Further, because of the skeletonized nature of the M-LOK, fans of outdoor games should be careful that too much debris, dirt and mud doesn’t jam up the battery compartment too badly.
Performance and accuracy
Much like its real steel counterpart, the SIG Proforce MPX AEG is a capable little performer.
Fitted with an 11.1V LiPo and using 0.20g BBs we saw the gun get around 370-375 FPS, which gives it enough power for nearly any game and should let it easily keep up with most opponents’ carbines.
This can, of course, make it a little too powerful for some CQB or indoor ranges out of the box.
Happily, the gun’s gearbox does have a quick change spring system that will let users swap in some M100s or M90s to bring its power down to sub 350 FPS without much fuss.
When it comes to rate of fire, the gun is quite quick, as well.
With 11.1V batteries, we saw the gun fire around 19-20 RPS on full auto, which should outperform most typical stock airsoft carbines and assault rifles on the field and puts the gun solidly on par with other solid CQB performers, such as the Honey Badger PDW15 and others.
Trigger response is also quite good with the MCX.
Thanks largely to its high torque motor and higher performance gears, the gun has an even and crisp trigger break and quick reset and generally avoids the heavy, mushier feeling that plagues some of its rivals.
Finally, when it comes to accuracy, the SIG is, in our opinion, really at home in close to medium range engagements.
At under 70 feet (21 m) the gun delivers pretty tight groupings for an airsoft gun, and it is capable of reliably hitting torso-sized targets to around 120 feet (36 m) out of the box.
While perhaps lacking some of the long range precision of longer barreled airsoft carbines and rifles, keep in mind that this is a more CQB-optimized airsoft gun and 120 feet is probably more than enough for most of the games it will be brought to.
The SIG Proforce MPX AEG is actually pretty comfortable and easy to handle.
At just over 5.5 lbs, the gun feels very solid in-hand without its weight becoming overwhelming, being just little heavier than the ultra-lightweight G&G SSG-1 and just about the same as the G&G Honey Badger or the ARP9.
This heft, combined with the gun’s all metal design, helps the MPX AEG feel a lot more like a real-steel firearm – good news for fans of realism in airsoft, as well as those looking for a solid practice tool.
Although it’s not extremely lightweight, the SIG Proforce MPX AEG is also not particularly hard to carry for long periods of time thanks to its well-balanced weight distribution.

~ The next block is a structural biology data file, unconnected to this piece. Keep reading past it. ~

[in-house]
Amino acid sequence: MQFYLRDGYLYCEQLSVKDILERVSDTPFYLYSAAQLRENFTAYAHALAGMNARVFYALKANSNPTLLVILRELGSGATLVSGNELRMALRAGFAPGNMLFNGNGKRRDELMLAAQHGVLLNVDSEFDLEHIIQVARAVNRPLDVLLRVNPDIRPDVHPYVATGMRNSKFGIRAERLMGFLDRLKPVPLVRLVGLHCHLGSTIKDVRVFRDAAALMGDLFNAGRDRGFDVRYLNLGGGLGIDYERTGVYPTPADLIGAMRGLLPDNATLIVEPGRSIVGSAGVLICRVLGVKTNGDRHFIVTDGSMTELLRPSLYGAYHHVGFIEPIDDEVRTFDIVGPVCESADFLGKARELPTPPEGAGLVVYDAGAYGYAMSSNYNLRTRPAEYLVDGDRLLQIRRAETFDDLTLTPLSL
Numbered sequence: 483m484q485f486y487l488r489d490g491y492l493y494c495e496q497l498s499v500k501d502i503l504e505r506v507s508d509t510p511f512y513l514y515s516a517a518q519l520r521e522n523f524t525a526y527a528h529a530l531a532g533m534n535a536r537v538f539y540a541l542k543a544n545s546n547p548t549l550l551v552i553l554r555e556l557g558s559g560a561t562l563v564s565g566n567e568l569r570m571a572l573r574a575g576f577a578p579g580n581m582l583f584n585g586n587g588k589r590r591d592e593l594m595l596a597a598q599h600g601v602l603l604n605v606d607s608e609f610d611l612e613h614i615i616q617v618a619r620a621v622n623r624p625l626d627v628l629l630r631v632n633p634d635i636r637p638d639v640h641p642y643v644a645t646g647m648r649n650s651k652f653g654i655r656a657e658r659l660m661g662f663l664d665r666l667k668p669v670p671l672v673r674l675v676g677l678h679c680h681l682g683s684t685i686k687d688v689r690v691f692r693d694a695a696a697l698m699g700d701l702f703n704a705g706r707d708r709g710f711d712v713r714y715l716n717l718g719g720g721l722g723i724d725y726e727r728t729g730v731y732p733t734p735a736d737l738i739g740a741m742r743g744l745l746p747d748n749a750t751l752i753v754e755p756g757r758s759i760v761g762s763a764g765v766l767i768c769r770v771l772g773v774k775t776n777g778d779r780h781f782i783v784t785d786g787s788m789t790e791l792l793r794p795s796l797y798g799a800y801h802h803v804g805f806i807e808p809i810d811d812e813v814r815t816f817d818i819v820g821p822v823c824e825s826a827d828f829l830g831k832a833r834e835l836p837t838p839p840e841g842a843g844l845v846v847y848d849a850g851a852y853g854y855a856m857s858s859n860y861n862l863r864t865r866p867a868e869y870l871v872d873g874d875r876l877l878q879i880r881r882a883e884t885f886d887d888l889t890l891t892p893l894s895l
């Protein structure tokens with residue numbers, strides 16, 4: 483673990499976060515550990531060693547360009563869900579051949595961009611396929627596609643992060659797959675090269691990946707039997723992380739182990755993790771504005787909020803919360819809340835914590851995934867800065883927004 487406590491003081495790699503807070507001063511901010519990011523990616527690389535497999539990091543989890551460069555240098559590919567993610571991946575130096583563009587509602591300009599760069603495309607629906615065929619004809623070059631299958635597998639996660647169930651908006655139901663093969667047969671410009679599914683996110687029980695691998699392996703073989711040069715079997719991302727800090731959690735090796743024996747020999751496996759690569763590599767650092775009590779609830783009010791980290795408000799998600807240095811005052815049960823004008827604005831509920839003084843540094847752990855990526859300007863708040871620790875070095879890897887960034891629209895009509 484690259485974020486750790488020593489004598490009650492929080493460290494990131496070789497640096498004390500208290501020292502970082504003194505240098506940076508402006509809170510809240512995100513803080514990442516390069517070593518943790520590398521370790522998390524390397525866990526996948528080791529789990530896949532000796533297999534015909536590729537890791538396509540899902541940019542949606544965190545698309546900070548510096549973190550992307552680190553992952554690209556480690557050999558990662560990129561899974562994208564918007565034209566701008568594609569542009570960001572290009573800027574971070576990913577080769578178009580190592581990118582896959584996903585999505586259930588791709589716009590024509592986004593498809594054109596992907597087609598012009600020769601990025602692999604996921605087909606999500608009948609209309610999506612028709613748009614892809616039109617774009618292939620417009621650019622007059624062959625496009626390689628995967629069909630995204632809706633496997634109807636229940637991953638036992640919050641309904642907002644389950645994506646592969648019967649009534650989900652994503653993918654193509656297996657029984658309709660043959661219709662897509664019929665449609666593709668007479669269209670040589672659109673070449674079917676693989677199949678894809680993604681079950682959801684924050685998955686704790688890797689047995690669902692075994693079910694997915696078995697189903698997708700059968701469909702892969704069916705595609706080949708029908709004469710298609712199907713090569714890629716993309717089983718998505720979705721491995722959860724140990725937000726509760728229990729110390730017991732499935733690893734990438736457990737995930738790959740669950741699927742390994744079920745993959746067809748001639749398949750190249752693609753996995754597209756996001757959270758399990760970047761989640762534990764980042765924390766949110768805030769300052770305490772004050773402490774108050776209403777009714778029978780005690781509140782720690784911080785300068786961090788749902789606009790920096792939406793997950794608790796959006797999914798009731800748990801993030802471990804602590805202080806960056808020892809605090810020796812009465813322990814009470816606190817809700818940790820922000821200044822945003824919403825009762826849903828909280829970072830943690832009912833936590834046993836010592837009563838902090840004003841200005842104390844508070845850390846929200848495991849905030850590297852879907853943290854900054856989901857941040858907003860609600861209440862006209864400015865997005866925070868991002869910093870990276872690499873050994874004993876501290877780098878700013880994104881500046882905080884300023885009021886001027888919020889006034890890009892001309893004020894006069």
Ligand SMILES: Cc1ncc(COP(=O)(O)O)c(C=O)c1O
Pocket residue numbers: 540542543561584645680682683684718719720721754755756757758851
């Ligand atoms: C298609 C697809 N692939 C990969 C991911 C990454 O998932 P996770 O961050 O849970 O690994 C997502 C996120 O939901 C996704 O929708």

With a skeletonized front end and a PPC-style stock, most of the gun’s weight is located at the center, allowing it to sit nicely over a user’s wrist and preventing it from overworking their arm/shoulder muscles as they run and gun.
The MPX AEG is also very compact and easy to maneuver around with in tight spaces.
Being able to go from 16.7 inches long (folded) to a maximum of just over 25 inches (stock unfolded, extended), it is ideally built for CQB games and can more easily be swung/fired around walls and obstacles compared to longer rifles and carbines.
In terms of its grip, the gun comes with a thick SIG-style grip with a gently rounded rear section, making it very ergonomic for most hand sizes.
This grip is nicely stippled, with front and rear additional texturing, and does provide users with a nice firm hold on the gun in pretty much all weather conditions.
Finally, like its real steel inspiration, the SIG MPX AEG is pretty ambidextrous, sporting dual side controls, dual mag releases and, of course, a center charging handle and QD stock sling point.
All of this makes the gun equally easy for left and right-handed users to operate.
Although slightly different in looks and design than a typical M4 airsoft gun, takedown of a SIG proforce MPX AEG should be easy to those familiar with the AR-design.
Users simply pop the front body pins to detach the upper receiver, which then allows the gun to be inspected for damage and cleaned.
In terms of repairs and upgrades, the gun’s Avalon gearbox is pretty popular and widely used on VFC guns and there are tons of OEM replacements out there on the market.